In 1988, the US Treasury Department published a study of inter-company pricing (the 'White Paper') that included the following endorsement of the so-called arm's length standard (ALS) for examining the reasonableness of transactions between related parties for tax purposes: The arm's length standard is embodied in all U.S. tax treaties; it is in each major model treaty, including the U.S. Model Convention; it is incorporated into most tax treaties to which the United States is not a party; it has been explicitly adopted by international organizations that have addressed themselves to transfer pricing issues; and virtually every major industrial nation takes the arm's length standard as its frame of reference in transfer pricing cases. The United States should continue to adhere to the arm's length standard.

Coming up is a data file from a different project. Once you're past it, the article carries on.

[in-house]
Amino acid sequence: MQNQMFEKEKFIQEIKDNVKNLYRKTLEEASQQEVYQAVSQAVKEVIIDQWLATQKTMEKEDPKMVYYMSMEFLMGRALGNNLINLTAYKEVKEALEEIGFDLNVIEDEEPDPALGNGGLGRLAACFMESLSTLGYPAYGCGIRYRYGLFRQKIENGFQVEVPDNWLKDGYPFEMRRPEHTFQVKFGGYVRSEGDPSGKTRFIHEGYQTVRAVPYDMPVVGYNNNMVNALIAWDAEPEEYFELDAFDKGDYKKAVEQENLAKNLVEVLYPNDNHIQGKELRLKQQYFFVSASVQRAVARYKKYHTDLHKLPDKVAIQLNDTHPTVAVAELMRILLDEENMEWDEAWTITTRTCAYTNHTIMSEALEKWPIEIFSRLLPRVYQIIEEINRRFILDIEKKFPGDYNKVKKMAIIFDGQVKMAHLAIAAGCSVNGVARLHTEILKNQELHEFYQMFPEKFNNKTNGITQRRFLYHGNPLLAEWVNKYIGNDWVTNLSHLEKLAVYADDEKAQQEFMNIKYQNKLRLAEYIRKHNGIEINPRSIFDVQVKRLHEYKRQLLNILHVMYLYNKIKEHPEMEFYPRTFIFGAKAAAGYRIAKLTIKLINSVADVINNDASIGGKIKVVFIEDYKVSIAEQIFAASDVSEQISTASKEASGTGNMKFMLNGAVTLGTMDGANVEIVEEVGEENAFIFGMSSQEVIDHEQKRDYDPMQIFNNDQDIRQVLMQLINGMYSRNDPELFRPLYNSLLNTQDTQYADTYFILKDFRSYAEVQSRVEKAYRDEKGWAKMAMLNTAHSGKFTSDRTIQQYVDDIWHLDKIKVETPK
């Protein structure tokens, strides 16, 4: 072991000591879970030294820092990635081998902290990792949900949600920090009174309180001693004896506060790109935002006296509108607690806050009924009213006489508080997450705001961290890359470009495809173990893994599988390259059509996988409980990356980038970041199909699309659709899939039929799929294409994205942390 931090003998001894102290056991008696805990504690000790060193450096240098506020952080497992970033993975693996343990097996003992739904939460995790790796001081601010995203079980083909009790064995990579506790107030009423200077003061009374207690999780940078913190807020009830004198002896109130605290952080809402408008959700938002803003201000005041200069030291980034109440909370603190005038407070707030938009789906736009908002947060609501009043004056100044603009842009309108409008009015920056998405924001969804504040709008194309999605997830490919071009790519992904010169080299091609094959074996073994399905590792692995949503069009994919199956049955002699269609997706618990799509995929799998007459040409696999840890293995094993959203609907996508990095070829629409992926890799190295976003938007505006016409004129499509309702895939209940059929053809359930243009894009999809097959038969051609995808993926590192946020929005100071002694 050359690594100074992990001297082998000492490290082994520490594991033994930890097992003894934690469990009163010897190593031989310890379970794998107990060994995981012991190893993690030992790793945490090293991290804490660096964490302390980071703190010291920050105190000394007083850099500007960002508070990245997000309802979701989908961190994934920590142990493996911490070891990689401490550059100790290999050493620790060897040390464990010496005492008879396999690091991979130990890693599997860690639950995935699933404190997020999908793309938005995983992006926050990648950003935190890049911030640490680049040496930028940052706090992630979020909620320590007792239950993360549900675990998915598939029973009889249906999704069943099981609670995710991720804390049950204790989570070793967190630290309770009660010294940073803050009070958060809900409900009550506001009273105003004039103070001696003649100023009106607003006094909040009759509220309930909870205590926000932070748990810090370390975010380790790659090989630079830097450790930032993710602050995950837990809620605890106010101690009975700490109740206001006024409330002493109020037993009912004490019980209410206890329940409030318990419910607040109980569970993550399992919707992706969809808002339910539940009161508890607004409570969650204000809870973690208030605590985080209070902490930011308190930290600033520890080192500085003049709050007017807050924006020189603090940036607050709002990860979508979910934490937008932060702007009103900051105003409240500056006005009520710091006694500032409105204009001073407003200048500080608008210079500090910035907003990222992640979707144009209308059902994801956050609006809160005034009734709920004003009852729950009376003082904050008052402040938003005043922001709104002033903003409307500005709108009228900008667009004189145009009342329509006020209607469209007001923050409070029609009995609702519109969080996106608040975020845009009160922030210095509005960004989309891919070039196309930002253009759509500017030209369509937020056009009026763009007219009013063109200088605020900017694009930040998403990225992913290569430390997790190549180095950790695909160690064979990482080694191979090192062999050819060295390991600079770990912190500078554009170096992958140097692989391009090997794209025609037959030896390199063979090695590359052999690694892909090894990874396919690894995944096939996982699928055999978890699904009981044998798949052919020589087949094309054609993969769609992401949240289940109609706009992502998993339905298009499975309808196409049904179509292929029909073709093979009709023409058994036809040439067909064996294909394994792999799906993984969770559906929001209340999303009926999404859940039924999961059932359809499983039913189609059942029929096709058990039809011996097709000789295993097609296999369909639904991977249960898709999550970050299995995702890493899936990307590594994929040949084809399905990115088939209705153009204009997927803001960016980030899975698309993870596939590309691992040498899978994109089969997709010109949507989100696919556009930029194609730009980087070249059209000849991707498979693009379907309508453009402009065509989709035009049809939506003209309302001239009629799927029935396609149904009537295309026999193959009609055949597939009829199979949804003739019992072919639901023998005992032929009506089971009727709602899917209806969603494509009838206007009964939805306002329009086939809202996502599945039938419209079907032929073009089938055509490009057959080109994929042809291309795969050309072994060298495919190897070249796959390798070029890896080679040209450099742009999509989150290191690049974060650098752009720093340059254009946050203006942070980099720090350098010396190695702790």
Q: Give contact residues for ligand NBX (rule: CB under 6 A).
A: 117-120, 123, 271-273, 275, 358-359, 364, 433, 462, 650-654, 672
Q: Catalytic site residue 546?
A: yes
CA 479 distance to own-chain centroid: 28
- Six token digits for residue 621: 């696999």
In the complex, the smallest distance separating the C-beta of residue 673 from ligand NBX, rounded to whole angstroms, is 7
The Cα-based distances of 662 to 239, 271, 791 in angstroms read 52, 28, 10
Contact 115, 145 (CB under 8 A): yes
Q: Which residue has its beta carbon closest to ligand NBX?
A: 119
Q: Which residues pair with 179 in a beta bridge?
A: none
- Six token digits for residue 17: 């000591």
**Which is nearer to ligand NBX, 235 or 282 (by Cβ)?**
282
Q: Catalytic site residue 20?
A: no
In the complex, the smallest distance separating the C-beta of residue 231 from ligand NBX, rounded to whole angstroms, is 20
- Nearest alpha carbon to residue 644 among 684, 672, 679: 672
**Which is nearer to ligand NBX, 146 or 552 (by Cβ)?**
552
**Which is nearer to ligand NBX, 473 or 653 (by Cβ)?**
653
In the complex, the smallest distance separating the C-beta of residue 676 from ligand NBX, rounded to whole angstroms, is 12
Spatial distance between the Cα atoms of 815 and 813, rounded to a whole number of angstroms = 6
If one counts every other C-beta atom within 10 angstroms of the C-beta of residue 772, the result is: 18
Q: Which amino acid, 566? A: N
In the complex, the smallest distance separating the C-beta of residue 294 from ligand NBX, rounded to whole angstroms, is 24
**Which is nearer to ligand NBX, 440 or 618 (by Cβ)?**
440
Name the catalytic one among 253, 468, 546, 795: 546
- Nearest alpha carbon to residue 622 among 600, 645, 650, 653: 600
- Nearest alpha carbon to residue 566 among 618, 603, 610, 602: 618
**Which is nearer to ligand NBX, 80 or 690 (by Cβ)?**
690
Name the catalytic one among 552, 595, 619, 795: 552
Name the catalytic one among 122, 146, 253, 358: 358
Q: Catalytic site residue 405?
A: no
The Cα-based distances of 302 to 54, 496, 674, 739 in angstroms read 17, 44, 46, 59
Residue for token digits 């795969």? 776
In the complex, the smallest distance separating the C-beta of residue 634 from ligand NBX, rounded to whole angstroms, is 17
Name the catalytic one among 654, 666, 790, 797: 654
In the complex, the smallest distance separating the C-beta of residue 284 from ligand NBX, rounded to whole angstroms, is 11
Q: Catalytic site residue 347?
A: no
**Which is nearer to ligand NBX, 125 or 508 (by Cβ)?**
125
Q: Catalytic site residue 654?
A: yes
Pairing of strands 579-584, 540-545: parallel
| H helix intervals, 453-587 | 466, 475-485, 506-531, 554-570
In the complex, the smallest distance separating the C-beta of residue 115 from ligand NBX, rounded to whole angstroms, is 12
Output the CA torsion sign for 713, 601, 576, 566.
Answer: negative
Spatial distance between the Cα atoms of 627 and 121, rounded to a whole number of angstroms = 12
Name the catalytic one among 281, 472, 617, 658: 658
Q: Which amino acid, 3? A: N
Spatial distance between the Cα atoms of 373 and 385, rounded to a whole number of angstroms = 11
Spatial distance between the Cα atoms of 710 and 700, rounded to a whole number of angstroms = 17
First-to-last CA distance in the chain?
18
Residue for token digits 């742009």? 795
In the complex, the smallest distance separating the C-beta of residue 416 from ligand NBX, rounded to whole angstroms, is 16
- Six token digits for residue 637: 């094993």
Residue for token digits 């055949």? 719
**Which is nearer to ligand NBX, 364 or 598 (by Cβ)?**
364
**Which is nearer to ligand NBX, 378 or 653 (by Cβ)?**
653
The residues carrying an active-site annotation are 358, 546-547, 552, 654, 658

Publication Information & Recommended Citation
Avi-Yonah, Reuven S. "Transfer Pricing Disputes in the United States." In Resolving Transfer Pricing Disputes: A Global Analysis, edited by E. Baistrocchi and I. Roxan. New York: Cambridge Univ. Press, 2012.